SXSW FILM 2011
By Don Simpson | March 26, 2011
Director: Athina Rachel Tsangari
Writer: Athina Rachel Tsangari
Starring: Ariane Labed, Giorgos Lanthimos, Vangelis Mourikis
Writer-director Athina Rachel Tsangari’s Attenberg opens with a few feeble attempts at open-mouthed French kisses exchanged between Bella (Evangelia Randou) and Marina (Ariane Labed). The absurdly uncomfortable exercise is not one that is fueled by hormones or attraction, but is purely a learning experience; the purportedly sexually advanced Bella is hopelessly attempting to teach her sexually naive 23-year old best friend, Marina, how to kiss.
Marina still resides with her dying father, Spyros (Vangelis Mourikis), the architect who, back in the 1960s, developed the drearily concrete seaside town that they still inhabit. A daddy’s girl from her id to her super-ego, Marina and her father enjoy an absurd yet loving relationship that occasionally borders on taboo. We sense that Marina’s primary impetus to finally become sexually awakened is her father’s terminally ill condition, as if she is trying to replace her father’s love…or something like that.
Marina is the focal point of Attenberg and the audience quickly learns to observe Marina in the same manner in which she observes the world around her. Marina has learned most of what she knows about the world by studiously watching (alongside her father) Sir David Attenborough’s nature television programs. She perceives the world as a giant zoo; people are just another animal species and cities/towns are the cages that contain them. It is no wonder she views the world in this manner as she lives in a town that seems to be physically walled off from the rest of the world; being the only child of a single parent has proven to further shelter Marina from “normal” life experiences.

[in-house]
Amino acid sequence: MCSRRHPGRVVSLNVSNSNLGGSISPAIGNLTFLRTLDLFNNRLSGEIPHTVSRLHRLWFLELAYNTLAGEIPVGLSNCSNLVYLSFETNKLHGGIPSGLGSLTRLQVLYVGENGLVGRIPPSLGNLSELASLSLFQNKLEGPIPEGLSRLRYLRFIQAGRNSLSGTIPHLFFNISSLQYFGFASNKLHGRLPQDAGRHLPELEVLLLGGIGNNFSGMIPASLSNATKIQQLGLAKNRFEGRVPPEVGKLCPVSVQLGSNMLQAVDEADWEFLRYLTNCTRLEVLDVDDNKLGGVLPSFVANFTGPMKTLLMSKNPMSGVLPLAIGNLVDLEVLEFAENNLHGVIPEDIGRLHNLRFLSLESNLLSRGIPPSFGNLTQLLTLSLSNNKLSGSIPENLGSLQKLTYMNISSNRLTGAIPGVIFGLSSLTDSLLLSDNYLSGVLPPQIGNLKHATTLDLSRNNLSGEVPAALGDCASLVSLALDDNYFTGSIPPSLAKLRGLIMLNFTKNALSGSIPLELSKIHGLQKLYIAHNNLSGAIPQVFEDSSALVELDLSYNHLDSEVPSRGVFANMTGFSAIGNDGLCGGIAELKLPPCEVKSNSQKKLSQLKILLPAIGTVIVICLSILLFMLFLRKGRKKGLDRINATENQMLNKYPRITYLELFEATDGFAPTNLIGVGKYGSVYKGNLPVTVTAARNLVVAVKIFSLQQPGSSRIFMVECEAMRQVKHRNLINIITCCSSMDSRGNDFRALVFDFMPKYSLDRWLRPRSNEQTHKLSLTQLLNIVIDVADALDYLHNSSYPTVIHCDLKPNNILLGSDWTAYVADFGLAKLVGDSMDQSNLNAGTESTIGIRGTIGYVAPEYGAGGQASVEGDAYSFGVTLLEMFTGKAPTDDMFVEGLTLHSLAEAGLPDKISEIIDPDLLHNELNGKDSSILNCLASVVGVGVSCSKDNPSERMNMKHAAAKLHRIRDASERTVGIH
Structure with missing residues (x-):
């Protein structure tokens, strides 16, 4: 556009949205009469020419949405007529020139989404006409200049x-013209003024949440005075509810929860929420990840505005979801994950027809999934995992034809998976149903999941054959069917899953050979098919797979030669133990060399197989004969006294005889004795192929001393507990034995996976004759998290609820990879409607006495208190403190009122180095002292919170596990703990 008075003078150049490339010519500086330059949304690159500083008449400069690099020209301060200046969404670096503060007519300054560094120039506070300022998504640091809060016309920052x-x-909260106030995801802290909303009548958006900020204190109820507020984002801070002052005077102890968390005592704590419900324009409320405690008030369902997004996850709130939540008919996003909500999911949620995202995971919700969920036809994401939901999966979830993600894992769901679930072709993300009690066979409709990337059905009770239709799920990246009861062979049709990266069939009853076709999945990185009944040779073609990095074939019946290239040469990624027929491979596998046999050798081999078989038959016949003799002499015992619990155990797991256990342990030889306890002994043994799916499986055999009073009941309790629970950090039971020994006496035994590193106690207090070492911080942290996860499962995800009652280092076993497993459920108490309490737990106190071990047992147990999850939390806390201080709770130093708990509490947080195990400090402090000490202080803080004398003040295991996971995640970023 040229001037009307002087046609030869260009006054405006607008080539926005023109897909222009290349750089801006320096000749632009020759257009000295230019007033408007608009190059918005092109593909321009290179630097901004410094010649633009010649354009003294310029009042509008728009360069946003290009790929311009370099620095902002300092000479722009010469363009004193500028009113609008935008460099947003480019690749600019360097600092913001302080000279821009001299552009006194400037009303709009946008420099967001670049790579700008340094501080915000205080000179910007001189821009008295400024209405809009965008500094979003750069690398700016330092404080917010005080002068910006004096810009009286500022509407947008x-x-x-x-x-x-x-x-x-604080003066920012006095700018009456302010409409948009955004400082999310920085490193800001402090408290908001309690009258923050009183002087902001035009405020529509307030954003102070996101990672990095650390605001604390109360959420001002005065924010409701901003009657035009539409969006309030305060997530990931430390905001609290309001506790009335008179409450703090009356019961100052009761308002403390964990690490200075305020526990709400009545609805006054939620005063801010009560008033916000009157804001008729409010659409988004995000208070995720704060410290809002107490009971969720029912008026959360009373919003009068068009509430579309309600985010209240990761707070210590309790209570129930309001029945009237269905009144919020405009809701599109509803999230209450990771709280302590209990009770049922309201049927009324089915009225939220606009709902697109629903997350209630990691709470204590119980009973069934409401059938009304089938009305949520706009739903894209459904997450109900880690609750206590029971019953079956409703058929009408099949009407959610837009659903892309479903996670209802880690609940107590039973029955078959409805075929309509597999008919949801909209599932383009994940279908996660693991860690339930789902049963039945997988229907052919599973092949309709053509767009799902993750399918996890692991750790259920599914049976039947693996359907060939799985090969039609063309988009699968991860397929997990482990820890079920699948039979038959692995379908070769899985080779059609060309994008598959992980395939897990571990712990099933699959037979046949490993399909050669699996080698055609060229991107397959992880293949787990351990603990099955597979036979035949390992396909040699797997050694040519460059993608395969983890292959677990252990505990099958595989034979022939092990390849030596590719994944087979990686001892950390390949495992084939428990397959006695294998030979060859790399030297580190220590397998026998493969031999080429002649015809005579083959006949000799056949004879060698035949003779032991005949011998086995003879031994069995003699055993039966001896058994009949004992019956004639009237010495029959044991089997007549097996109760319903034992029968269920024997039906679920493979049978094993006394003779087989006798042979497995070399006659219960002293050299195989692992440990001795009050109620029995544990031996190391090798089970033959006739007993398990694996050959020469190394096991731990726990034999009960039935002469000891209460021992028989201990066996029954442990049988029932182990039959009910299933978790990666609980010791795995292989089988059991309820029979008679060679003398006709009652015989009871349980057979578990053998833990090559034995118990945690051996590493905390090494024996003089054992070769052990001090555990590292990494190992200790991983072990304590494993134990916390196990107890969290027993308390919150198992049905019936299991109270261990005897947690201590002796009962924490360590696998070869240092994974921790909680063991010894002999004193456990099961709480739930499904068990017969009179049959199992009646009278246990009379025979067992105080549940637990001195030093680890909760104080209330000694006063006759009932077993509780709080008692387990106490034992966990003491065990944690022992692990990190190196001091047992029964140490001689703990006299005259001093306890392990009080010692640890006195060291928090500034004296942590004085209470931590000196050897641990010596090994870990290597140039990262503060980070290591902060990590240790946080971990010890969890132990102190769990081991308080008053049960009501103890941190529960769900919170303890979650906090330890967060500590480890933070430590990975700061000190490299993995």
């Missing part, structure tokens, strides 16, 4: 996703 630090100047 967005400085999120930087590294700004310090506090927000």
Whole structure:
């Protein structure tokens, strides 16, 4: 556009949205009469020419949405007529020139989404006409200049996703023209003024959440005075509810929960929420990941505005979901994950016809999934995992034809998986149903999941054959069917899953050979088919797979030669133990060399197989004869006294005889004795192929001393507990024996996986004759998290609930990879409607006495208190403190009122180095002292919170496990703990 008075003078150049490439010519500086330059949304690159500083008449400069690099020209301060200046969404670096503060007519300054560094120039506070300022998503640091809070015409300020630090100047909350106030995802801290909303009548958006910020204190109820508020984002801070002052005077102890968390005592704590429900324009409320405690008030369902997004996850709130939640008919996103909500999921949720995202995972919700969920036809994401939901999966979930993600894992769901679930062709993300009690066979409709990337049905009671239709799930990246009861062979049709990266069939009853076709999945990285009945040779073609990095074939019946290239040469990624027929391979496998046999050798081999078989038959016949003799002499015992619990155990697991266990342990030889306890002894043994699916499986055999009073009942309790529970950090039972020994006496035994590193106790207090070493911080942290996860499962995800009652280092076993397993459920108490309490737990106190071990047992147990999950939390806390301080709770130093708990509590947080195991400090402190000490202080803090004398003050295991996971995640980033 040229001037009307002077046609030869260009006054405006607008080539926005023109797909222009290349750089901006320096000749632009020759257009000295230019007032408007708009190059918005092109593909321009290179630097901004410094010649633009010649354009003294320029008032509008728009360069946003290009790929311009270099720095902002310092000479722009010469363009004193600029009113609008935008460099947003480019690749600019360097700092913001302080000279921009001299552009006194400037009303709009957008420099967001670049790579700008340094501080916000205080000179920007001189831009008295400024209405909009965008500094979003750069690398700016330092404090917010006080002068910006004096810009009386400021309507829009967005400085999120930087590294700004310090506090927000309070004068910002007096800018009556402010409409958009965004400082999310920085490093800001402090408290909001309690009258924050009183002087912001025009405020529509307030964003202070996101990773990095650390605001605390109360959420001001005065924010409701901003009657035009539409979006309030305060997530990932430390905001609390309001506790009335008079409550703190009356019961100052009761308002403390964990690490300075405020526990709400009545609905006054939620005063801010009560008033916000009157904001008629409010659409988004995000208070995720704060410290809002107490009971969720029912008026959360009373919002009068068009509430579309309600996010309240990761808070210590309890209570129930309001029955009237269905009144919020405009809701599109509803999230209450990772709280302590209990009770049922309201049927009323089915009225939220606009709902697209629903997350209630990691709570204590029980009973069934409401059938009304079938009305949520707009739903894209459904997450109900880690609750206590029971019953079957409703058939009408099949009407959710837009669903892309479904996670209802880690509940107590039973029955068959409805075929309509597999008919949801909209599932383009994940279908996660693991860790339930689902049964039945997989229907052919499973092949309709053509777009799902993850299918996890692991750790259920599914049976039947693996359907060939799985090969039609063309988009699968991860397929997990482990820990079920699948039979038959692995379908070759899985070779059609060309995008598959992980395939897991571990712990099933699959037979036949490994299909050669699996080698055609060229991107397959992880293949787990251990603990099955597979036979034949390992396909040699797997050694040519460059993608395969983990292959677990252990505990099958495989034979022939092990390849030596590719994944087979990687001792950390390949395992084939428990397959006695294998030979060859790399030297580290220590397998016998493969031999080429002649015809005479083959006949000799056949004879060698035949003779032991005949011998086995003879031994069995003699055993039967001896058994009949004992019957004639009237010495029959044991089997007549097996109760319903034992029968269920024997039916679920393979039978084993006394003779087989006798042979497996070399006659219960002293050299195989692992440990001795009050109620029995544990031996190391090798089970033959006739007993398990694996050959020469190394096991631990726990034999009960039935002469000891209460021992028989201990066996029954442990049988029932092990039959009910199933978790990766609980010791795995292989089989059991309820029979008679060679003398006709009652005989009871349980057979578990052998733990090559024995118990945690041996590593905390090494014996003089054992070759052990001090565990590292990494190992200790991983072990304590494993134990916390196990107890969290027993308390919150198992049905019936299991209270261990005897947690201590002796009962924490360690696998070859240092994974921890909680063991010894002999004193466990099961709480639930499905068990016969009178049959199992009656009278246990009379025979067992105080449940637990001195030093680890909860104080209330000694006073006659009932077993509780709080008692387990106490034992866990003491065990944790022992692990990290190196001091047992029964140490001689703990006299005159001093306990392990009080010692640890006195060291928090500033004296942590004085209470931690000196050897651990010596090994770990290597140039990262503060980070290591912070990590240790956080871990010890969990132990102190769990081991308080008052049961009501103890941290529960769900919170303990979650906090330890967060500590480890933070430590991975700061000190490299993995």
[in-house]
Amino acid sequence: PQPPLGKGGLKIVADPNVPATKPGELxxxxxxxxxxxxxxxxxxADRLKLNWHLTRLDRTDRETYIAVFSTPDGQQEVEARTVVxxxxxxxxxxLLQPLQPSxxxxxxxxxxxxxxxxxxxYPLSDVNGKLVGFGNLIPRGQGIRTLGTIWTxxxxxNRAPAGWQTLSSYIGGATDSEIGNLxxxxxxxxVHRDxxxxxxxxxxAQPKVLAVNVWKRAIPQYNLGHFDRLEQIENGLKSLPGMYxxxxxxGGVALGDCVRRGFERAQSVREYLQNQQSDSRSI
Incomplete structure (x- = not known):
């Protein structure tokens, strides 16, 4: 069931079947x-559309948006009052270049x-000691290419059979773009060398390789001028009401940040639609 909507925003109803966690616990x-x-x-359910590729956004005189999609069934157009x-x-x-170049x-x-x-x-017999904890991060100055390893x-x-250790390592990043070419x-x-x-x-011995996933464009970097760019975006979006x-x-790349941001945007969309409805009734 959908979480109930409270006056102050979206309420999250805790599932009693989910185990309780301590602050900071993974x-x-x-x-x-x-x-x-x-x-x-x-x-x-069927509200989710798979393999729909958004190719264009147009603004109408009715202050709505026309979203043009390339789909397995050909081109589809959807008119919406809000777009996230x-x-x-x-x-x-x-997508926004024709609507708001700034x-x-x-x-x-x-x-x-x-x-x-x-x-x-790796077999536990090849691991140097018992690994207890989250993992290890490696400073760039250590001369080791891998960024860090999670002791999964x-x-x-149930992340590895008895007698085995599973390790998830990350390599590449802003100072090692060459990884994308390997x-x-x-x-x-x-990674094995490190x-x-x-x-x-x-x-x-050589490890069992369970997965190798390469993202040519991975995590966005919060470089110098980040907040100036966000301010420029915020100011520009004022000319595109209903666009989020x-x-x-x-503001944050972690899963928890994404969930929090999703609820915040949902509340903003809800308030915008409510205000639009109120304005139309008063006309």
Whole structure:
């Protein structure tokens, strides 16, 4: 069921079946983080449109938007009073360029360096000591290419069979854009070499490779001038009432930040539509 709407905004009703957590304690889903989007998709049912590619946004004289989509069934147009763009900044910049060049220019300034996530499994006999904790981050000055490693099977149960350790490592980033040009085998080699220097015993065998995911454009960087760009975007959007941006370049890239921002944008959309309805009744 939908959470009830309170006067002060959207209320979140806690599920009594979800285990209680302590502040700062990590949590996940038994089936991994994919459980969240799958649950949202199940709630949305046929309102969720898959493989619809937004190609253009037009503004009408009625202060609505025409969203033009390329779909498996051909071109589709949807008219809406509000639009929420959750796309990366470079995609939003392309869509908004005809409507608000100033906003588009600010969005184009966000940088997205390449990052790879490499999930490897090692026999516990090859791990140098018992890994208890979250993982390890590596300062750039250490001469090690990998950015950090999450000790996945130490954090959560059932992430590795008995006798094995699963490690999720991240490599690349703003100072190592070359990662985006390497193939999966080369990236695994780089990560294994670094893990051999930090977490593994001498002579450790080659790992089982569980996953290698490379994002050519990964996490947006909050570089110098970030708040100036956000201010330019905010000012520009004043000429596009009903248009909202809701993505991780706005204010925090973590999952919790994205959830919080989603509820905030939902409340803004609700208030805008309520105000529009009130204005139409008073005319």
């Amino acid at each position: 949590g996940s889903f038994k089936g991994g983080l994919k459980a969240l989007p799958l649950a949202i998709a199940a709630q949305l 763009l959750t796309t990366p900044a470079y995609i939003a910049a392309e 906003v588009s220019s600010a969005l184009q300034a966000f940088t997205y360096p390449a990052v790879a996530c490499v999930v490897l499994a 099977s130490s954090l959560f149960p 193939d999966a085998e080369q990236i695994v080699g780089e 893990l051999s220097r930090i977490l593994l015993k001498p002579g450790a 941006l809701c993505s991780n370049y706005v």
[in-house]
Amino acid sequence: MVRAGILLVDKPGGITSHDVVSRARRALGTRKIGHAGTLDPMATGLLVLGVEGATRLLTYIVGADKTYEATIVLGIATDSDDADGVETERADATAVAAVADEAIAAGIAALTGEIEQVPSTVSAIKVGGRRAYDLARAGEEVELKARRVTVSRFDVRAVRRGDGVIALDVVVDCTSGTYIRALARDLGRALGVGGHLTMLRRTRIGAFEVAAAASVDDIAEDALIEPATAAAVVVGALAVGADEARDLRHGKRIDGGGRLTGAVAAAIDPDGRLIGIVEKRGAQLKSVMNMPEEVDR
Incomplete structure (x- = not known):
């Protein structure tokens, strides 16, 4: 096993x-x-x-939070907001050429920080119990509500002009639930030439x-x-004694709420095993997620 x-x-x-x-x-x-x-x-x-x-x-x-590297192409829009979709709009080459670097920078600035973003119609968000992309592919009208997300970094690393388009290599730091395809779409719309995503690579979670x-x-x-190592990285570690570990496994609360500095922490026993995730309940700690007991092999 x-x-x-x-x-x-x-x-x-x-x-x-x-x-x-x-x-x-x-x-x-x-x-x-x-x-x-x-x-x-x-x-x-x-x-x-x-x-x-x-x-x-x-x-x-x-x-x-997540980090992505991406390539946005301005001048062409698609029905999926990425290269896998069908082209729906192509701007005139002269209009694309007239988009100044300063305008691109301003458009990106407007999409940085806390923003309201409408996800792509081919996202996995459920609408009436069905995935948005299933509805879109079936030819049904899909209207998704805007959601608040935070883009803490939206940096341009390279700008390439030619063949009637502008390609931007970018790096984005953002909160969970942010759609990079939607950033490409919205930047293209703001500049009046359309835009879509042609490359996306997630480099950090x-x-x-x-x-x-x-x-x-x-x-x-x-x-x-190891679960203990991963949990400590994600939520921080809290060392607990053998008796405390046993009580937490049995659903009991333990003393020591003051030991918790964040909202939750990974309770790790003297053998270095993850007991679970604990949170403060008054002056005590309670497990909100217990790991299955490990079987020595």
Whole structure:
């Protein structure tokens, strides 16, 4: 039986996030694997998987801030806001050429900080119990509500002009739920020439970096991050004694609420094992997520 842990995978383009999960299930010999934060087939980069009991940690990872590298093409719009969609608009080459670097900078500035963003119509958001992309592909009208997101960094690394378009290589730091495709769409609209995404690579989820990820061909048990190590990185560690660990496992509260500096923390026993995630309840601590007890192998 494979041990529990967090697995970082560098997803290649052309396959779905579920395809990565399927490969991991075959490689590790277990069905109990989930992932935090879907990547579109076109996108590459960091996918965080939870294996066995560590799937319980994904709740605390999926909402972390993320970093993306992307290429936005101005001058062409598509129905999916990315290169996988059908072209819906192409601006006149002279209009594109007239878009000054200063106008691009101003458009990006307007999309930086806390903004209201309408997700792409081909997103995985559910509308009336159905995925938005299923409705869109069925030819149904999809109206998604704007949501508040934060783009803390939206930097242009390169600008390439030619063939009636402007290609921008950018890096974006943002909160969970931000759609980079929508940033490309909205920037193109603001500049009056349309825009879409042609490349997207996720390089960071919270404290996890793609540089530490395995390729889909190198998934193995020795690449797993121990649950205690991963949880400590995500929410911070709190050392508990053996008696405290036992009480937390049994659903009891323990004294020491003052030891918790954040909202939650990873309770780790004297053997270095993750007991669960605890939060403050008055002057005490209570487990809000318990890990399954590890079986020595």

Tsangari provokes the audience to study Marina as if she is one of Sir David Attenborough’s subjects (we are prompted to “[escape] imaginatively to live in another creature’s world”) as Marina discovers that she is a sexual being and explores the related implications. We clinically observe Marina’s advanced communication techniques (she speaks in Greek, sings in French, plays strange rhyming word games with her father, and makes animal noises for no particular reason), her wildly expressive movements (she and Bella walk/dance in carefully choreographed movements), and her obscure musical tastes (her favorite song is Suicide’s “Be Bop Kid”) in order to develop a novel ethnographic hypothesis explaining what the behaviors of this virgin sub-species of Homo sapiens might possibly mean to humankind.
Attenberg is certainly not as fantastically absurd as Yorgos Lanthimos’ Dogtooth, which Tsangari produced, but the two Greek films do share a certain cinematic kinship in farcically discussing the effects of overly restrictive parenting, specifically related to the social and sexual repression of the offspring. One might say that Attenberg is like the mellow chaser used to calm the crazy rush after experiencing the sheer frenzy of Dogtooth, but it is certainly no less meaningful and pervasive.